Returning to Paris, Clouseau is reunited with Olga, who has dismissed Cato for the evening and intends on completing her seduction of Clouseau. This is interrupted first by Clouseau's apparent inability to remove his clothes without a struggle, and then by Cato, who chooses this time to once more follow his orders and attack Clouseau and Olga. The consequent struggle ends when all three are hurled by a reclining bed into the Seine. Immediately thereafter, a cartoon image of Clouseau emerges from the water, which has been tinted pink, and begins swimming, unaware that a gigantic version of the Pink Panther character is waiting below him with a sharp-toothed, open mouth (a reference to the film Jaws made obvious by the thematic music). The film ends when the animated Clouseau gets chased by the shark in the water (which was actually the pink panther) as the credits roll.

Cast[edit]

Cast notes[edit]

  • Owing to Peter Sellers's heart condition, whenever possible he would have his stunt double Joe Dunne stand in for him. Because of the often physical nature of the comedy, this would occur quite frequently.
  • Julie Andrews provided the singing voice for the female-impersonator "Ainsley Jarvis".[2] The scene in the night club when Jarvis sings are in many ways similar to scenes in Edwards's later film Victor Victoria (1982), in which Andrews plays a woman pretending to be a man who is a female impersonator.
  • Graham Stark, longtime friend of Sellers, once again makes an appearance in the series, albeit in a small cameo role as the owner of a small German motel. Since his role as Hercule LaJoy in A Shot in the Dark, he has since appeared in small roles in every Pink Panther sequel except Inspector Clouseau, in which Sellers did not play Clouseau.
  • Omar Sharif appears, uncredited, as the Egyptian assassin.
  • Tom Jones sang the Oscar-nominated song "Come To Me".
  • The role of Olga Bariosova was originally played by Maud Adams who was replaced after filming a few scenes. Blake Edwards then intended to cast Nicola Pagett after seeing her in Upstairs, Downstairs but instead ended up casting Pagett's fellow TV star Lesley-Anne Down in the role.
  • Blake Edwards made a cameo appearance in the background of the night club scene.

Production[edit]

The Pink Panther Strikes Again was rushed into production owing to the success of The Return of the Pink Panther.[3] Blake Edwards had used one of two scripts that he and Frank Waldman had written for a proposed "Pink Panther" TV series as the basis for that film, and he used the other as the starting point for Strikes Again. As a result, it is the only Pink Panther movie which has a storyline that explicitly follows on from the previous film.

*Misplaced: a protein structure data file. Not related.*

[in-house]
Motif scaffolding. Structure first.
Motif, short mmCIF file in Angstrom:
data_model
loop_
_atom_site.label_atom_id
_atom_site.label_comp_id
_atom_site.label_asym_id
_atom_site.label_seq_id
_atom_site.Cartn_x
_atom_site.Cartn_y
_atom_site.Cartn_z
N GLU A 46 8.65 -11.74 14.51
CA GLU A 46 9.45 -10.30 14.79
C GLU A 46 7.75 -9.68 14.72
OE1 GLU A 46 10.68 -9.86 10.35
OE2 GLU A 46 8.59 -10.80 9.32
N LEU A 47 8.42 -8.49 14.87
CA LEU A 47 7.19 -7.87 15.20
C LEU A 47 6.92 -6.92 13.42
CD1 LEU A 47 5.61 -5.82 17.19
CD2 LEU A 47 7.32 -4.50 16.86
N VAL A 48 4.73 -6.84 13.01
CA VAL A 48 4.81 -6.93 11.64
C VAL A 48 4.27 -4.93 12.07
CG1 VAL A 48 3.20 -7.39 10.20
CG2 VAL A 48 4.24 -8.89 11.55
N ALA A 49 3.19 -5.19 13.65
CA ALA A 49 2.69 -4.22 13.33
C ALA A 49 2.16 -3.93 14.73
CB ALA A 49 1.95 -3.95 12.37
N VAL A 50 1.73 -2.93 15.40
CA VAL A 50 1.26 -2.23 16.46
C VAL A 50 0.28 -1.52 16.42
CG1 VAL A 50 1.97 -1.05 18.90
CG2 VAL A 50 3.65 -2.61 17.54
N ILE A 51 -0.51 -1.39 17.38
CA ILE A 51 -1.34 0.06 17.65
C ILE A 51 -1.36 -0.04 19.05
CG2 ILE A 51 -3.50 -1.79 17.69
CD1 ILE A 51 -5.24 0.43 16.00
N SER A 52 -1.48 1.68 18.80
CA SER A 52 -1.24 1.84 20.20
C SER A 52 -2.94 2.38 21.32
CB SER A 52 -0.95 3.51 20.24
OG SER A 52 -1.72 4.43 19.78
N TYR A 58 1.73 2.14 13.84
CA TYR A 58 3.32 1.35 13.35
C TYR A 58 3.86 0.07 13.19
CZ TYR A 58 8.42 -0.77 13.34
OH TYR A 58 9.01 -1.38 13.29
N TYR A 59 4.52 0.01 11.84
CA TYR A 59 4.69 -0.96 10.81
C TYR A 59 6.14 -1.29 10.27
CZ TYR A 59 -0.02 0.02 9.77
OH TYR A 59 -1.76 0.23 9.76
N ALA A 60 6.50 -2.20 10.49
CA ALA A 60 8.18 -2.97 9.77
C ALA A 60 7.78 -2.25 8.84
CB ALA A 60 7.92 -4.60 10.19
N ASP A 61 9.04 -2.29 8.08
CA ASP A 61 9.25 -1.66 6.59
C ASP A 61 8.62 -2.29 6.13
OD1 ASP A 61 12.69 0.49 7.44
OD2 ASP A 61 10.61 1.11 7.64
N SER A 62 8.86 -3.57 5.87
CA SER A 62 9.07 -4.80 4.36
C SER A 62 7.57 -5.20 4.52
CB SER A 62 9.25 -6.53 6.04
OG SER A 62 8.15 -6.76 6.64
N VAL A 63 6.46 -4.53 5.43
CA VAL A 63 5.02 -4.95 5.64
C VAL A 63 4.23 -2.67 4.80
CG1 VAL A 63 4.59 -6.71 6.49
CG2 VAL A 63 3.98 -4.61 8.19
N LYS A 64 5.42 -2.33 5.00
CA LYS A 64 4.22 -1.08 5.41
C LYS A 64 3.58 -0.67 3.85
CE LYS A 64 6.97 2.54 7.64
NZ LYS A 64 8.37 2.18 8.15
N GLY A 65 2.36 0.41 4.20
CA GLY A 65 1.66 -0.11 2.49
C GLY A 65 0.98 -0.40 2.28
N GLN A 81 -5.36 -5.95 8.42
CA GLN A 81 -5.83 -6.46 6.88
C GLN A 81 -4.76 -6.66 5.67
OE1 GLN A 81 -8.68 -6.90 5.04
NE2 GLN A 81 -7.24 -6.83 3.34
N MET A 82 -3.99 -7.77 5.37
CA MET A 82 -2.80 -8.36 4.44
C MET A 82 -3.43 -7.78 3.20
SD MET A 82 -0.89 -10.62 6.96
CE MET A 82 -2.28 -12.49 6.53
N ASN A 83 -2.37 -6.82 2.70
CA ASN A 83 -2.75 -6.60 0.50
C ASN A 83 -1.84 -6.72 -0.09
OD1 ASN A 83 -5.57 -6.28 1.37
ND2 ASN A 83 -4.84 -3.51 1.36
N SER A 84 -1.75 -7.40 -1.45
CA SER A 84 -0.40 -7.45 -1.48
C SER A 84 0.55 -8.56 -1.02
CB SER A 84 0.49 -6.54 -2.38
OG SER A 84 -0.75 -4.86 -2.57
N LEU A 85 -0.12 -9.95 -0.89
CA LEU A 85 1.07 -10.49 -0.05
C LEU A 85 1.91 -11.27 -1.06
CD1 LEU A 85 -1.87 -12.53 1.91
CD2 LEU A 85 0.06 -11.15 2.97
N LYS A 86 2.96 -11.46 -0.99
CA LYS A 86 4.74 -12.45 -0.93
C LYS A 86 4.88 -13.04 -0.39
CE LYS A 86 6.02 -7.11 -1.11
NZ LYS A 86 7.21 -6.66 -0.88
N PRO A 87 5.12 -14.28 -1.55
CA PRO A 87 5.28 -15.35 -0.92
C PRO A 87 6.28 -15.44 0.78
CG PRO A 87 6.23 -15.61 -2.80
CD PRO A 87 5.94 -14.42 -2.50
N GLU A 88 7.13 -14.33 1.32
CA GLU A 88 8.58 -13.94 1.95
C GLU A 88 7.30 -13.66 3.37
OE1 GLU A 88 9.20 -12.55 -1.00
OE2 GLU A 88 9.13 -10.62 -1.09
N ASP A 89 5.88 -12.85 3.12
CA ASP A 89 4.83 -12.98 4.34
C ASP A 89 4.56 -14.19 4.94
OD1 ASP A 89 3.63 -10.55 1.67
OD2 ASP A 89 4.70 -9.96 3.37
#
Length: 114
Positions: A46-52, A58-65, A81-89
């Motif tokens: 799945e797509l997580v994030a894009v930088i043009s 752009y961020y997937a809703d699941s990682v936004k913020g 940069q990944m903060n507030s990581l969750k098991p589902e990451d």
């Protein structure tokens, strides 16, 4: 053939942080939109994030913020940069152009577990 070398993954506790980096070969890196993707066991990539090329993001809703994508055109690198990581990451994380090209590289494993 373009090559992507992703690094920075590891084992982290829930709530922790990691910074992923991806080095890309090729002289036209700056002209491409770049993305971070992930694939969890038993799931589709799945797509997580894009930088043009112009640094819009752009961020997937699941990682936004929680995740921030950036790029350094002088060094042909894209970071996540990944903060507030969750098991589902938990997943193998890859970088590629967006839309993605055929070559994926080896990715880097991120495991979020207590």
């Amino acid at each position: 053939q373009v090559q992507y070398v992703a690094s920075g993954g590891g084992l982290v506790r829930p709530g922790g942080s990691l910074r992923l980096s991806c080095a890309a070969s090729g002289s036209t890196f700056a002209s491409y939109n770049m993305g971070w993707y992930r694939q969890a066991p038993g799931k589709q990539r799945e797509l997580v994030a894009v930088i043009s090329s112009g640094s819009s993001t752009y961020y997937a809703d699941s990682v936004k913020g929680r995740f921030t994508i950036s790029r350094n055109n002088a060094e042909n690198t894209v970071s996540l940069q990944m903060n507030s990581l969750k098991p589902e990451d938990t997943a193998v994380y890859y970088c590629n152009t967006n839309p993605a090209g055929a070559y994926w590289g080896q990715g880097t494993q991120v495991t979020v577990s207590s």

The film was in production from December 1975 to September 1976, with filming taking place from February to June 1976.[4] The relationship between Sellers and Blake Edwards, never very good, had seriously deteriorated by the time Strikes Again was filmed. Sellers was physically in bad shape, and Edwards says of the actor's mental state: "If you went to an asylum and you described the first inmate you saw, that's what Peter had become. He was certifiable."[3]

The original cut of the film ran for 124 minutes, but it was trimmed down to 103 minutes for theatrical release.[citation needed] Some of the footage was later used in Trail of the Pink Panther. Strikes Again was marketed with the tagline Why are the world's chief assassins after Inspector Clouseau? Why not? Everybody else is. Like its predecessor and subsequent sequel, the film was considered a box office success.

During the film's title sequence, there are references to television's Alfred Hitchcock Presents and the films Batman, King Kong, The Sound of Music (which starred Blake Edwards's wife, Julie Andrews), Dracula AD 1972, Singin' in the Rain, Steamboat Bill Jr., and Sweet Charity, putting the Pink Panther character and the animated persona of Inspector Clouseau into recognizable events from said movies. There is also a reference to Jaws in the end-credits sequence. The scene in which Clouseau impersonates a dentist and the use of laughing gas and pulling the wrong tooth are clearly inspired by Bob Hope in The Paleface (1948).[5]

Richard Williams (later of Roger Rabbit fame) supervised the animation of the opening and closing sequences for the second and final time; original animators DePatie-Freleng Enterprises would return on the next film, but with decidedly Williamesque influences.

Sellers was never happy with the final version of the film and publicly criticized Blake Edwards for mis-using his talents. The strain in their relationships is noted in the next Pink Panther movie's opening credits ("Revenge Of The Pink Panther") listing it as a "Sellers-Edwards" production.

Despite being apparently killed off (after committing major crimes), Inspector Dreyfus returned in Revenge of the Pink Panther, once again a policeman.

The Goscinny controversy[edit]

René Goscinny, a French comic book and movie writer (most known for the Asterix series), at one point was trying to sue Blake Edwards for plagiarism. The movie had strong similarities to Goscinny's script titled "Le Maître du Monde" (The Master of the World). Goscinny, who was a big Pink Panther fan, in fact sent the script to Peter Sellers in 1975 asking if he was interested in playing the main part, but got no response. The lawsuit was filed, but because of Goscinny's death in 1977 it was cancelled.[6]

Awards[edit]

American Film Institute Lists

References[edit]

External links[edit]